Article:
Many sales presentations go on for too long. 40 minutes, 60 minutes, or even more isn’t unheard of – even in a prospecting session. How long should a sales presentation be? There’s no definitive answer, and nor can there be.

Audiences are different, sales cycles are different, and content is different. Essentially, you want to cover your key messages in a compelling and persuasive way. You don’t want to lose your audience’s attention. Your sales presentation length needs to be long enough to say what you need to say in a punchy manner – but no longer.

We’ve seen attention spans drawn as a hammock, or a hump, as a straight slope down, and plenty of variations in between. All of these graphics assume there’s a ‘fundamental’ audience attention curve that is the same from presentation to presentation.

But now watch this clip of Bill Gates at TED.

What do you think happened to attention levels in the room?

Do you really think attention levels follow the same curve regardless of what the presenter does?

How would research into ‘natural’ attention levels even work? Would findings about attention levels in boring text-heavy presentations have any weight for dynamic and visual presentations?

We’ve seen presentations that start with slides all about your company history, and structure, and key financials, and client logos.

What do you think happens to attention levels if your first few slides are boring corporate naval-gazing of the most tedious kind?

Yep, they drop off. That doesn’t mean attention levels are always low at the start of a presentation though – they aren’t if something interesting happens.

Don’t let your presentation have a ‘boring bit’. If you think it does, you need to tighten the content.

Don’t save your best content until the end as the audience might have stopped listening before you ever show it. Keep sections relatively short and reasonably spaced – to ensure that attention levels don’t drop off too fast. Interactivity works brilliantly to keep audiences engaged – consider building a visual conversation instead of a one-way presentation. And if you really want to know how long a presentation should be, the right answer is probably “as short as it can be to work”.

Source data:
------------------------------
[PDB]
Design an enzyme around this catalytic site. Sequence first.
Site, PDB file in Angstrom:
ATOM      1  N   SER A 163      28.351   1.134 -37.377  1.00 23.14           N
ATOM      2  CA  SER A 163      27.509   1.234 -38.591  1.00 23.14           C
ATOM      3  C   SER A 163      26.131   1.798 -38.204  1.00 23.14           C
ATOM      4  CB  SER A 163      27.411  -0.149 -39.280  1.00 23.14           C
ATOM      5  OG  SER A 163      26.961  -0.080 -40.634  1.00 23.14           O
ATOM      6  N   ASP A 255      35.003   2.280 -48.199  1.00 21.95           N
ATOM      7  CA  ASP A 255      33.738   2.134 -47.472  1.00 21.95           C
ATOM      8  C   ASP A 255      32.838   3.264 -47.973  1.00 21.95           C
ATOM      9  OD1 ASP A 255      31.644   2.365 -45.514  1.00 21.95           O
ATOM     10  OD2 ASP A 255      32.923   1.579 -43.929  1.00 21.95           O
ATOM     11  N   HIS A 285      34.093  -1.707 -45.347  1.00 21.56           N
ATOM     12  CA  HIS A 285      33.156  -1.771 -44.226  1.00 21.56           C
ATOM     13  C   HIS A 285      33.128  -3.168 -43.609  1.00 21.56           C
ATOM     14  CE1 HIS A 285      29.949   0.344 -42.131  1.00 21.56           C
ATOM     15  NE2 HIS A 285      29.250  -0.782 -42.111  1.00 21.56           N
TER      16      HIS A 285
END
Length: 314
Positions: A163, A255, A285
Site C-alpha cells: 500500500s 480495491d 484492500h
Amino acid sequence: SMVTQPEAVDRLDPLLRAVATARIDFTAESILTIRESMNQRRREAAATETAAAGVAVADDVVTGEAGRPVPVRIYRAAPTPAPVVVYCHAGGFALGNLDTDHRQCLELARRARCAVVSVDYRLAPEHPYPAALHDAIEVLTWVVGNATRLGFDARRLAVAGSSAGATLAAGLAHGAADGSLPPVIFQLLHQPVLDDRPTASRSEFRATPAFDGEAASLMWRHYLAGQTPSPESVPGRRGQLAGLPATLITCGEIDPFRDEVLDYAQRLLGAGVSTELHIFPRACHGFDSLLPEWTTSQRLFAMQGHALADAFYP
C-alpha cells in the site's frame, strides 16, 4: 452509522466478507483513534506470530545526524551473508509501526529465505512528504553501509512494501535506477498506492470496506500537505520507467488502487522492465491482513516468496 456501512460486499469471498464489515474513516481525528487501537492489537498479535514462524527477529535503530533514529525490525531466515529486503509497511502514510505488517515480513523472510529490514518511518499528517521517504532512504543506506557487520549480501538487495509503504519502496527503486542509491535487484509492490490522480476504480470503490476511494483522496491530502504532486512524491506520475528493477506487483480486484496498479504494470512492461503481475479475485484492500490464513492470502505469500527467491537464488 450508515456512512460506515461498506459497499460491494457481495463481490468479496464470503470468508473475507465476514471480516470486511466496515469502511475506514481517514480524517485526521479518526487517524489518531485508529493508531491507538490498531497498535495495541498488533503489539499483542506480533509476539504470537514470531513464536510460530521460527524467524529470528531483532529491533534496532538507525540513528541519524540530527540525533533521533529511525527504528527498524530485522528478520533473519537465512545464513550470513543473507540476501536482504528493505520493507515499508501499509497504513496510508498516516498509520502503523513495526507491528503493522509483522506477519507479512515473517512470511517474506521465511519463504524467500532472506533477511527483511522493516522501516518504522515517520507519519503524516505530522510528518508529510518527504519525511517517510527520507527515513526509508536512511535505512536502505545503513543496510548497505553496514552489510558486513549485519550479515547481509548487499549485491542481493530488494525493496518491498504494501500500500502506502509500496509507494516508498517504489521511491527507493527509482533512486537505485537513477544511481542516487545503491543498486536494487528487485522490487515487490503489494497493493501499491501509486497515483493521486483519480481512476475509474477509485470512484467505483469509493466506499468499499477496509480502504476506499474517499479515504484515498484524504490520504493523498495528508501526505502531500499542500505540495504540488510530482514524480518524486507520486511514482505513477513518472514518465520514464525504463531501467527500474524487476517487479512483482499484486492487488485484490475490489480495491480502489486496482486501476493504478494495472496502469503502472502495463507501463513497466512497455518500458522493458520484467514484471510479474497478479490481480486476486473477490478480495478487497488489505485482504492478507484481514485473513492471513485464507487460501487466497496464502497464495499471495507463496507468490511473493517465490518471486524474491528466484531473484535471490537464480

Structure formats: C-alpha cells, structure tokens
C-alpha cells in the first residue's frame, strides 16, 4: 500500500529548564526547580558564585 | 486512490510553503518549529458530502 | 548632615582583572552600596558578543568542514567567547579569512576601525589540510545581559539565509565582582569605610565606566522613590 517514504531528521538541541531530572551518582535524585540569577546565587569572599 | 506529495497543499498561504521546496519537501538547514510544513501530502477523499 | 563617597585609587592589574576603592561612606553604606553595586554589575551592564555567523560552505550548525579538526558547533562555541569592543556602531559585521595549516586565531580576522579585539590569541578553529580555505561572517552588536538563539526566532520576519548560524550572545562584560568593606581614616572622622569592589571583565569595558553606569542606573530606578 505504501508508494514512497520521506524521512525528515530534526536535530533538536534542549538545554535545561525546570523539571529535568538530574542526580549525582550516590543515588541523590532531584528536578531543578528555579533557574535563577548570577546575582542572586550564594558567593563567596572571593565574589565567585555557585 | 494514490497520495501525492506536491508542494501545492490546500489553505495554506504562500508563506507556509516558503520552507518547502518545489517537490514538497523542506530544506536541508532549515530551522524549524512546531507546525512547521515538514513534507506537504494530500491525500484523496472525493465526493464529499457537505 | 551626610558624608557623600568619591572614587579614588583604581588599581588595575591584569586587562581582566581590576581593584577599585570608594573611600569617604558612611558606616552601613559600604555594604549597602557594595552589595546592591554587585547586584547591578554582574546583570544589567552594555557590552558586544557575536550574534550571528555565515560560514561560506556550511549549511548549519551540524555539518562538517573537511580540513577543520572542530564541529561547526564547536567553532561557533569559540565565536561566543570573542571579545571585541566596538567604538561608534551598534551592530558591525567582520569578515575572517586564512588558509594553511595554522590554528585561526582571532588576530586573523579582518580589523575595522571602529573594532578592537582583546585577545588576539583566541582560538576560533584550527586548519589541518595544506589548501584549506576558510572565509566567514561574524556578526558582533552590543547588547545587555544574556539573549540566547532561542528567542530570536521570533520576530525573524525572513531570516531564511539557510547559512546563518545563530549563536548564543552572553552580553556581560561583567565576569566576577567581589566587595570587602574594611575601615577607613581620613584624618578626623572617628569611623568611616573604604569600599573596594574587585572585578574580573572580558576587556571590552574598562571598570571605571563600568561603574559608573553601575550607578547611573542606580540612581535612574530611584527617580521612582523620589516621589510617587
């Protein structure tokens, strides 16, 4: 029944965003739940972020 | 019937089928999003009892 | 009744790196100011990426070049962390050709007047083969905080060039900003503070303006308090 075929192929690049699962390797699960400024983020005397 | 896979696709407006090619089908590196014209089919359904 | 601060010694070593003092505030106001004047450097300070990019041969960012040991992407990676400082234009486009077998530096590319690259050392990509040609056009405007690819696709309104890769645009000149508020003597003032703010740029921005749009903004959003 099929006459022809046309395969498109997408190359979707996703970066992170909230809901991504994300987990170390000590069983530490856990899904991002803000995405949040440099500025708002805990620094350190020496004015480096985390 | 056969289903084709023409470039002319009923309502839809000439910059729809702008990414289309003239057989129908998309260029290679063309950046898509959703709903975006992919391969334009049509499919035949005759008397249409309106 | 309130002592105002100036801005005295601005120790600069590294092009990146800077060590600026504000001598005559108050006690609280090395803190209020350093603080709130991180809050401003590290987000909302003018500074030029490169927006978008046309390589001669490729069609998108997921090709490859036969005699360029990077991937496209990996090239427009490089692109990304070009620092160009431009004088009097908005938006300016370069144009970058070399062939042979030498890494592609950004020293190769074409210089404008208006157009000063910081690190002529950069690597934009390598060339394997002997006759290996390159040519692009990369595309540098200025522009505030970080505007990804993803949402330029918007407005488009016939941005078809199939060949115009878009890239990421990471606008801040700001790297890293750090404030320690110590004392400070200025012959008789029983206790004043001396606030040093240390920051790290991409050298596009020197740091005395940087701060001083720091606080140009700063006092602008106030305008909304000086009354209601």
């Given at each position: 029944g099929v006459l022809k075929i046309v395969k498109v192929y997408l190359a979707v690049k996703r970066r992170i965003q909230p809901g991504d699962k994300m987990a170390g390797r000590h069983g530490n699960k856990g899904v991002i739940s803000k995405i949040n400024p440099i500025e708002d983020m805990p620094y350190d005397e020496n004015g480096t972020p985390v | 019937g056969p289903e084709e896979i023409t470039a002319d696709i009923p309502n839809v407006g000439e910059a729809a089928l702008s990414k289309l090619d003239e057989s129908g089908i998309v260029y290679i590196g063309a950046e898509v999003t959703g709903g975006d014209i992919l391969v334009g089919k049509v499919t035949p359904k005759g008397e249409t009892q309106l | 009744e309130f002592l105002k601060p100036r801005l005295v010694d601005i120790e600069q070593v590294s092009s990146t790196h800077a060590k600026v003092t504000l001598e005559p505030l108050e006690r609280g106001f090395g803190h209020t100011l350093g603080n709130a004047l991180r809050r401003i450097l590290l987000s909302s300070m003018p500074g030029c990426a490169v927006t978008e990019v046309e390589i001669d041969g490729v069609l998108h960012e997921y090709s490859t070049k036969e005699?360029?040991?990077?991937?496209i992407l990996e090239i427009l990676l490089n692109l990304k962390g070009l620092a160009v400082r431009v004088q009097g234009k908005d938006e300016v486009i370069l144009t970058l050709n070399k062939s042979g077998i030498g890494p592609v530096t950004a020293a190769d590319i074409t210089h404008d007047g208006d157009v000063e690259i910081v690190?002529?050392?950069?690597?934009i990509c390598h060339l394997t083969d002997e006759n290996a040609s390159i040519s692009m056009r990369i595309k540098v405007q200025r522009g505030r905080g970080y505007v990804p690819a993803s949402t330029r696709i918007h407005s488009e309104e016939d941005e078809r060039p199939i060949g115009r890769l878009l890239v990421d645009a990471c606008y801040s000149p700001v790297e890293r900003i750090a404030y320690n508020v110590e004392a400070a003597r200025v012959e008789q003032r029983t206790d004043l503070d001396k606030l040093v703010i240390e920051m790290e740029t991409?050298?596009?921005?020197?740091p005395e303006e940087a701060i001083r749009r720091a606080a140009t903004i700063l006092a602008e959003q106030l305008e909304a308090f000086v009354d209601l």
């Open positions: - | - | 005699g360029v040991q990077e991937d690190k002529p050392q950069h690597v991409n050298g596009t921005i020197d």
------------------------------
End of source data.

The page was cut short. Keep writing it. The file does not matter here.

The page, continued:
Do you need to present for more than 20 minutes? Often not.

Leave a comment
Written by

Joby Blume


View Joby Blume's profile

Related articles

Jul 2024

Sales presentations are the cornerstone of many companies’ sales efforts, yet so often they aren’t given the time and attention they deserve. Thrown together at the last-minute, often your sales reps stand up in front of a sales presentation that's nothing more than a glorified page of notes. Read this article for everything you need to make the ultimate sales presentation.

Jul 2024

Sales presentations are important, but 1000s of people each day ignore the principles of sales presentation design and sales messaging and deliver material that is tired, ugly, and ineffective. These sales presentation ideas will help you to easily improve your sales presentation; stand out, engage your audience, and sell more.

Jul 2024

We exhibited at a large trade exhibition a couple of weeks ago, and I went along to see what other vendors are up to. A lot of exhibitions are a desolate wasteland for exhibitors with nothing but tumbleweed and other vendors to stop the boredom. This show was actually pretty busy though, and by walking around l think I managed to notice things companies were doing (right and wrong). Some of these observations are surprisingly apt for sales presentations too...

  1. Image of Presentia FX Presentia FX says:

    Within presentations, a great way for the presenter engage a more interactive approach with the audience is the use of technology. Simply tablets. More and more people have them. Introducing a shared presentation which in real time can be viewed on tablets while presenters are speaking would increase interactivity and concentration span.

  2. Image of Mark Mark says:

    I know this is coming late, but we are working on a video presentation (to be packaged on DVD.) I my idea is to break it thus: 12 minutes of presenting the problems, the implications of not solving them the right way, and then introduce our software product. Then we cut to the real software screen cast and demonstrate it for 5 minutes, then recap and conclude in two minutes. What do you think? Do you have experience with this and what has worked for you?

    • Image of Joby Blume Joby Blume says:

      If anything, with a video presentation you have less time. Particularly if it’s on a DVD – it’s just too easy for people to stop watching. 19 minutes is probably more time than you have – or at least at the outer-limit. One option is to have a 5-minute version and offer an extended 20-minute version for those who want it. Although I guess it depends on how motivated your audience is to watch in the first place.

      The basic structure you propose is what we would do. Perhaps the only thing to add is that when presenting the problems, it’s important to not sound like you are accusing prospects of being idiots. So find a third party to blame – traditional vendors, the government, that sort of thing.

Leave a Reply

Join the BrightCarbon mailing list for monthly invites and resources

Tell me more!

There is absolutely no doubt that the BrightCarbon presentation was a quantum leap beyond anything else at the conference with respect to the clarity of the presentation.

Curtis Waycaster Smith & Nephew